"the possibility of a petition going around, inside and outside the company, throughout the country, demanding equality and justice for supporting actors, there would be a revolution in the industry, and imagine what would happen if the demand was taken up by the lower orders, by the supporting players in society as a whole" (242)
"The proof that the universe was not as well-thought-out as it should have been lies in the fact that the Creator ordered the star that illumines us to be called the sun. Had the king of the stars borne the name Common Sense, imagine how enlightened the human spirit would be now, both by day and night, because, as everyone knows, the light we call moonlight comes not from the moon but always and solely from the sun." (253)...more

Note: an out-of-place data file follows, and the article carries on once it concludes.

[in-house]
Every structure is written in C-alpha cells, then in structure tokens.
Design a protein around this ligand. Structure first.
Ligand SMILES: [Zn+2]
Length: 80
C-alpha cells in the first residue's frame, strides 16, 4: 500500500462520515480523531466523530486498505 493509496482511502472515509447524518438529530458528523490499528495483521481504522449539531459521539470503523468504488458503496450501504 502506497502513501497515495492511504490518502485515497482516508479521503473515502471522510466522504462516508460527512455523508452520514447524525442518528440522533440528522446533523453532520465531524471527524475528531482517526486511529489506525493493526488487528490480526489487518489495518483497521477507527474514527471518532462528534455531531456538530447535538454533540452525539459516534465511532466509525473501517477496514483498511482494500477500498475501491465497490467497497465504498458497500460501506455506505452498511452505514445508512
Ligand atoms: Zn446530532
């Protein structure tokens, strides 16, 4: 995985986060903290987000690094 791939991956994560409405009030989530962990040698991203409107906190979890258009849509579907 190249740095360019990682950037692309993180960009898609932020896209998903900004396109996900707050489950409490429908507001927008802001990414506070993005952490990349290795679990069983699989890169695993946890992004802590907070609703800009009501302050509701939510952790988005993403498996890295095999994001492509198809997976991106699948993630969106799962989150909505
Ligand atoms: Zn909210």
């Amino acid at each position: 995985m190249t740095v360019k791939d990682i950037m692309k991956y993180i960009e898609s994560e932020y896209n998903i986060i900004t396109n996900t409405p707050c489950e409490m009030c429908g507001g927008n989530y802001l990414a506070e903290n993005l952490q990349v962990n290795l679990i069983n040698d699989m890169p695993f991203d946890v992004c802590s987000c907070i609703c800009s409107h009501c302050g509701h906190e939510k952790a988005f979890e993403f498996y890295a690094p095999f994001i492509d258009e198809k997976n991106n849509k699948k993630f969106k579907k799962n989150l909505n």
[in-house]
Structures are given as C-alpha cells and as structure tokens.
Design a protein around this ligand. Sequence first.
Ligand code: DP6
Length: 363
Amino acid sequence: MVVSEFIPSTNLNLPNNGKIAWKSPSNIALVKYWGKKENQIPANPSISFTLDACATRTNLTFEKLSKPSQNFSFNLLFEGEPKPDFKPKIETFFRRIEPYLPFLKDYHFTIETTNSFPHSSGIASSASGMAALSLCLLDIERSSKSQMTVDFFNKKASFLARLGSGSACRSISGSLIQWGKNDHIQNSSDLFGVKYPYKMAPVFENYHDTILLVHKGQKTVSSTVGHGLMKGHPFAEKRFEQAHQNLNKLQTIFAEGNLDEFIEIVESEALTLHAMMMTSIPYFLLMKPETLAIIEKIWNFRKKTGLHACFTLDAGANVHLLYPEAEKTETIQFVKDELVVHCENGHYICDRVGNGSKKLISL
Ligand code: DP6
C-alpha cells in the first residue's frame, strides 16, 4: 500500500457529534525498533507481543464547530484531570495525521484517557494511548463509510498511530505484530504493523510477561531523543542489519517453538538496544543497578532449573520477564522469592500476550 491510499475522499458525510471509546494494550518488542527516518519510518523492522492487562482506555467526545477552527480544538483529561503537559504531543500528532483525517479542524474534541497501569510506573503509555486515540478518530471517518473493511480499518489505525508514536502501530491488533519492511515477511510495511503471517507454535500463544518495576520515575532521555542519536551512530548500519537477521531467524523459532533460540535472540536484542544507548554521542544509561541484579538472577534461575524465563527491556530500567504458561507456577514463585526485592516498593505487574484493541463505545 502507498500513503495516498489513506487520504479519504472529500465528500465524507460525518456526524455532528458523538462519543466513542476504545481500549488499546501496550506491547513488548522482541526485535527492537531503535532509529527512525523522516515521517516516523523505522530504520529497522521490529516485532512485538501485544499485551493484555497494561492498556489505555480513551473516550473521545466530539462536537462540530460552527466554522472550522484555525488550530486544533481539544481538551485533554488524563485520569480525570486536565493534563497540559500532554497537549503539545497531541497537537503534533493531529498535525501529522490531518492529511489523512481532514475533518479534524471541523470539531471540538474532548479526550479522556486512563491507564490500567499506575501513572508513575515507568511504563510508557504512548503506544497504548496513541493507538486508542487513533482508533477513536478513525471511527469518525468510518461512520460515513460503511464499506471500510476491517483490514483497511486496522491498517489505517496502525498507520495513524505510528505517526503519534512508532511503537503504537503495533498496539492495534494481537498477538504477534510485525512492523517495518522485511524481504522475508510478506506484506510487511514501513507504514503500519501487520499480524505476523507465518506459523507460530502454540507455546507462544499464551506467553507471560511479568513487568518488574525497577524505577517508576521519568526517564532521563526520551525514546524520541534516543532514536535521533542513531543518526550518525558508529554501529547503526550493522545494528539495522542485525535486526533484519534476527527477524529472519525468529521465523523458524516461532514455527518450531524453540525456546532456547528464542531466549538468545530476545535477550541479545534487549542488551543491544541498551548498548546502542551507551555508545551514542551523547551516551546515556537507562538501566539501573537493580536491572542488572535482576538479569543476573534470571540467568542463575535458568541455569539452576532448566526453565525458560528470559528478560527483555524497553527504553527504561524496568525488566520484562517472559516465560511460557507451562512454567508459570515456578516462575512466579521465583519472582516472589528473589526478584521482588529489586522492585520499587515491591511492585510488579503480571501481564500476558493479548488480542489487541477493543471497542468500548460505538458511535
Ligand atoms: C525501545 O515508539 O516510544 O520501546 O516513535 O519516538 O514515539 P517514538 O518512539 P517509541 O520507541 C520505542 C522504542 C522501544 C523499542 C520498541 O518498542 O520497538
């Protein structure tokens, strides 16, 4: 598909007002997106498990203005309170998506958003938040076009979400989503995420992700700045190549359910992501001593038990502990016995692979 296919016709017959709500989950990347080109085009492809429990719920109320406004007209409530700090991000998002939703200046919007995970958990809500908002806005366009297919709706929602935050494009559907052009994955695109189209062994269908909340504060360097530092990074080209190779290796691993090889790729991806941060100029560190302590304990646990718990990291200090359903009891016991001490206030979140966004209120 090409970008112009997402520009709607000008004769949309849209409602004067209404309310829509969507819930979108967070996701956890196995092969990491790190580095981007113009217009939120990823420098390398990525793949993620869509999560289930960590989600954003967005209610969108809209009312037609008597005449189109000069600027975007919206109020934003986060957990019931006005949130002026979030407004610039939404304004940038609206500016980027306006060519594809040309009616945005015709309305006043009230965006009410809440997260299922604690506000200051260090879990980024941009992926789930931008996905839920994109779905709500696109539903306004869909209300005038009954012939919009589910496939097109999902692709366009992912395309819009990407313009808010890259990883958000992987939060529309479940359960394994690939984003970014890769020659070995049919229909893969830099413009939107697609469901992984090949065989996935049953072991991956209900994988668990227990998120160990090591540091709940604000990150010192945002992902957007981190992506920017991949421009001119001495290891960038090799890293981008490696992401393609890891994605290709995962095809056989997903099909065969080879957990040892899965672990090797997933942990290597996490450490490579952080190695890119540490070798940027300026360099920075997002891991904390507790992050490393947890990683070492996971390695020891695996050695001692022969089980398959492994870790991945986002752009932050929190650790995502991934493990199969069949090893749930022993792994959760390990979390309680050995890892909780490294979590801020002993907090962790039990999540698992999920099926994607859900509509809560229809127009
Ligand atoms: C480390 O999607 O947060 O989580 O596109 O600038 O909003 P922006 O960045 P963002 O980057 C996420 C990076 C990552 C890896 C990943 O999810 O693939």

After Reta's daughter, Norah, is seen on the street wearing a sign that says "GOODNESS," Reta begins to question what "goodness" means. She4.5 stars.
After Reta's daughter, Norah, is seen on the street wearing a sign that says "GOODNESS," Reta begins to question what "goodness" means. She becomes even more aware of and frustrated by the way women are represented (or more correctly, *aren't* represented) in culture, from being seen as the more fragile sex to being left off of lists of influential authors, and she worries that that depiction of women's lack of a place in the world is what drove her daughter to despair.